All these palimpsests are documents with multiple layers of writing, were found at Saint Catherine’s Monastery in northeastern Egypt. Saint Catherine’s Monastery is significant due to its isolation during the rise of Islam popularity in the 7th century. This led to Christian sites disappearing in the Sinai Desert. When the monastery supplies ran scarce, Monks started reusing older parchments. There are 130 manuscripts with multiple layers of writing, making them palimpsests.

Researchers photographed the palimpsests multiple times using different colors of light. Following, they analyzed for tiny bumps and depressions on the surface of the pages. The information found was put into a computer's algorithm, which the computer used to uncover older text from the original palimpsests. [Read More]

Remarkable Ancient Texts Preserved in Remote Libraries Deep in the Sahara Desert

by Zainab Yahiaoui, age 14

An ancient and remote village in the middle of the Sahara Desert is home to many sacred texts from libraries that were built more than 1,000 years ago. Now the world’s greatest desert threatens to engulf the history and the libraries of this remarkable place.

The village of Chinguetti was a stopping off point for pilgrims on their way to Mecca. These travelers would stop in Chinguetti to study religion, astronomy, mathematics, and law. All these topics were included in the texts and kept in the libraries at Chinguetti. People could read and study at the libraries as part of their pilgrimage to Mecca.

Until the 1950’s there were still about 30 family-owned libraries open to tourists and travelers. Today, that number has dwindled to only five as tourists lost interest and the desert closed in. And the sand and dry air of the Sahara is taking a toll on the ancient texts. [Read More]

How an Ancient Civilization Thrived and then Collapsed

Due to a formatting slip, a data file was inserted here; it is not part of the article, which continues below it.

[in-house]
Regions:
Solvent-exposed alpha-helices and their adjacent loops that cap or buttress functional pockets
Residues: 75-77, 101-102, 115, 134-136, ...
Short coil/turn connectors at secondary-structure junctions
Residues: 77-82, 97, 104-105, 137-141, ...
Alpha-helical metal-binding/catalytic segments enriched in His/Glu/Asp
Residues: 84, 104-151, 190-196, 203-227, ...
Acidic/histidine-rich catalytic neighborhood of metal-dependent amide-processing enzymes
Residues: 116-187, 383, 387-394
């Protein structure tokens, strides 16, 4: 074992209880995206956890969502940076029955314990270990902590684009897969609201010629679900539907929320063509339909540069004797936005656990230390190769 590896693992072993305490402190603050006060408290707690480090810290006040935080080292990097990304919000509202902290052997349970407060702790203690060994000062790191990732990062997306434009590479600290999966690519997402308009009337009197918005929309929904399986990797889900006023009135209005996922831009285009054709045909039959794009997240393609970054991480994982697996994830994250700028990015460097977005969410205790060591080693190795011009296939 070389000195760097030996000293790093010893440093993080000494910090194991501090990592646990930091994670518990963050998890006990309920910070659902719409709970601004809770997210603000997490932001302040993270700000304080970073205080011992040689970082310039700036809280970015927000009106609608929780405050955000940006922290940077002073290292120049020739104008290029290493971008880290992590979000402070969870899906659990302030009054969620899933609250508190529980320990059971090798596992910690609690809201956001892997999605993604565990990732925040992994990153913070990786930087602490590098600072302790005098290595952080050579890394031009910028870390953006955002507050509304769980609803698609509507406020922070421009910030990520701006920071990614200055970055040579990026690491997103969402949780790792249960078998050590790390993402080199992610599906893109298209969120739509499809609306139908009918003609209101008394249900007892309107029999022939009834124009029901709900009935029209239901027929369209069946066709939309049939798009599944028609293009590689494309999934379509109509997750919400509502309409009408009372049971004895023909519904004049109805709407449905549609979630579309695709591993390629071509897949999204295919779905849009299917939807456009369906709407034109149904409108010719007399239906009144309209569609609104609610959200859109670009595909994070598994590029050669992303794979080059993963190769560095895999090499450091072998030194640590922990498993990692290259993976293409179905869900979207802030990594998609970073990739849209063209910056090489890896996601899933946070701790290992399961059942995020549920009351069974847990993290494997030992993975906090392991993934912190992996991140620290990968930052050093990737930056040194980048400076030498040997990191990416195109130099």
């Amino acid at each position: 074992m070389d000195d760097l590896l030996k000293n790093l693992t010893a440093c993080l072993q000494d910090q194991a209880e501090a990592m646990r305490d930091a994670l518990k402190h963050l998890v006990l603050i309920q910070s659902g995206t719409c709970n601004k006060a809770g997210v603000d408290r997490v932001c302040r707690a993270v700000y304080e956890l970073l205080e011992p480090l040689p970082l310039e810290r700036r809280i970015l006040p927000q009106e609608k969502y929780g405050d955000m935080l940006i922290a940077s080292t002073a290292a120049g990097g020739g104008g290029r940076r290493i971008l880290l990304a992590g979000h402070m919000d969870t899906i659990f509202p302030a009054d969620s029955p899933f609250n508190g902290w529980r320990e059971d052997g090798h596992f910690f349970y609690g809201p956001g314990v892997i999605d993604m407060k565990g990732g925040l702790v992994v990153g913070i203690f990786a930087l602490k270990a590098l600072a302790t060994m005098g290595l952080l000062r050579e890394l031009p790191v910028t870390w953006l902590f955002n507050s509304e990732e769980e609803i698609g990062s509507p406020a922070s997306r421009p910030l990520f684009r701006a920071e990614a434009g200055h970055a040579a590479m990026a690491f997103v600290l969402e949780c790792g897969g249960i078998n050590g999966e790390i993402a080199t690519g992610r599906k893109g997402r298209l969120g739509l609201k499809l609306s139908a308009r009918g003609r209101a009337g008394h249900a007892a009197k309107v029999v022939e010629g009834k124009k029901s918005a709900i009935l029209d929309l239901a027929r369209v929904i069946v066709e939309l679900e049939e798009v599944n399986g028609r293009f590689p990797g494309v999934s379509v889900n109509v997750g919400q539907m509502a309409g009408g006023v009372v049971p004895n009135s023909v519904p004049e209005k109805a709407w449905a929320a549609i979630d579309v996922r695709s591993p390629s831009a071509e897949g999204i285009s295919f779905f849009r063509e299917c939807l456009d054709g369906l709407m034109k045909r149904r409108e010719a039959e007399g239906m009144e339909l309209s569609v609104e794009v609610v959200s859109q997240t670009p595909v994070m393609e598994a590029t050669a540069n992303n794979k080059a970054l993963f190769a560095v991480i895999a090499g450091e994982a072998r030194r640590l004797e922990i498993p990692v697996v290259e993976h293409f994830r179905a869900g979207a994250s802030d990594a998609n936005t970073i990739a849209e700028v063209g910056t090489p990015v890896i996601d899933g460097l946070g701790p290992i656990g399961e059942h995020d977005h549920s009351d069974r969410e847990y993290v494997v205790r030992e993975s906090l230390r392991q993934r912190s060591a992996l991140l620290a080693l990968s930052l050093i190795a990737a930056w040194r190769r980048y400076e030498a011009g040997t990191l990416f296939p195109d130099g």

by Emily Rodriguez, age 13

A mysterious ancient civilization on the island of Malta collapsed within two generations, despite surviving for more than a millennium.

The ancient civilization was known as the Temple Culture, it arose around 6,000 years ago on Malta and other islands in the Mediterranean sea. Groups of scientists analyzed pollen and DNA from skulls and bones that were buried deep in the Earth to find an explanation for the quick collapse. According to a tree ring analysis, the whole region was exposed to horrible climates. This analysis and other research makes up an ongoing investigation into why the civilization collapsed.

Upwards of several thousand people lived on Malta. These people built a strong and successful civilization through collaboration. The people built sacred sites, one of them being Ggantija Temple complex. Their buildings are known as some of the first free-standing buildings. The temples held the people together. Historians assumed the temples honored a mother goddess. However, recents findings led historians to believe the people focused on their worship, feasting, and rituals insteads of on a deity (god or goddess, in ancient Greek). Despite their affective lifestyle, after around 1,500 years, the civilization and its people were gone. [Read More]

Ancient Public Library Discovered in Germany — by Desteny Alvarez, age 14

The oldest public library in Germany, built almost 2,000 years ago, was discovered in the middle of Cologne, Germany, a small 2,000-year-old city on the Rhine River. Cologne is one of Germany’s oldest cities was founded by the Romans in 50 AD under the name Colonia. [Read More]